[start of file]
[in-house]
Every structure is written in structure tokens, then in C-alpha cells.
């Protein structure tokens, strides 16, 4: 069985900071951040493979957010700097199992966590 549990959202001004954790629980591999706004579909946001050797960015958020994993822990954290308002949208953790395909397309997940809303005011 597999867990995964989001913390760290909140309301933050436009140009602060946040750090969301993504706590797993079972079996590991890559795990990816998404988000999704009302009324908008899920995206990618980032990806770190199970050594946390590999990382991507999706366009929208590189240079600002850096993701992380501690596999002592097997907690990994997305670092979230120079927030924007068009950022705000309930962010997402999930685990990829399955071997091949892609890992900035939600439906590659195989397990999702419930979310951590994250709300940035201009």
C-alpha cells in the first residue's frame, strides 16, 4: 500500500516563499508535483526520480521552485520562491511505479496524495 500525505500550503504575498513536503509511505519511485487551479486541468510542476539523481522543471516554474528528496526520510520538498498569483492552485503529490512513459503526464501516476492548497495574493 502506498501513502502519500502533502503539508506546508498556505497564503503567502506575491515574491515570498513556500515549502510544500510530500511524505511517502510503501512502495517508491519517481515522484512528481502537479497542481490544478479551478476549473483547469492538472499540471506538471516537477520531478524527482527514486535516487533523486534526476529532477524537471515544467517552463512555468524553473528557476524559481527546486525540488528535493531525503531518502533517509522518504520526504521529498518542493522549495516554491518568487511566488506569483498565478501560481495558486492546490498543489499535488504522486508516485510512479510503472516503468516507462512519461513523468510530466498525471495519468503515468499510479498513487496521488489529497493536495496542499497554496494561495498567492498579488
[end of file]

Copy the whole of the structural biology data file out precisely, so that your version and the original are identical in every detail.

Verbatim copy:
[in-house]
Every structure is written in structure tokens, then in C-alpha cells.
């Protein structure tokens, strides 16, 4: 069985900071951040493979957010700097199992966590 549990959202001004954790629980591999706004579909946001050797960015958020994993822990954290308002949208953790395909397309997940809303005011 597999867990995964989001913390760290909140309301933050436009140009602060946040750090969301993504706590797993079972079996590991890559795990990816998404988000999704009302009324908008899920995206990618980032990806770190199970050594946390590999990382991507999706366009929208590189240079600002850096993701992380501690596999002592097997907690990994997305670092979230120079927030924007068009950022705000309930962010997402999930685990990829399955071997091949892609890992900035939600439906590659195989397990999702419930979310951590994250709300940035201009």
C-alpha cells in the first residue's frame, strides 16, 4: 500500500516563499508535483526520480521552485520562491511505479496524495 500525505500550503504575498513536503509511505519511485487551479486541468510542476539523481522543471516554474528528496526520510520538498498569483492552485503529490512513459503526464501516476492548497495574493 502506498501513502502519500502533502503539508506546508498556505497564503503567502506575491515574491515570498513556500515549502510544500510530500511524505511517502510503501512502495517508491519517481515522484512528481502537479497542481490544478479551478476549473483547469492538472499540471506538471516537477520531478524527482527514486535516487533523486534526476529532477524537471515544467517552463512555468524553473528557476524559481527546486525540488528535493531525503531518502533517509522518504520526504521529498518542493522549495516554491518568487511566488506569483498565478501560481495558486492546490498543489499535488504522486508516485510512479510503472516503468516507462512519461513523468510530466498525471495519468503515468499510479498513487496521488489529497493536495496542499497554496494561495498567492498579488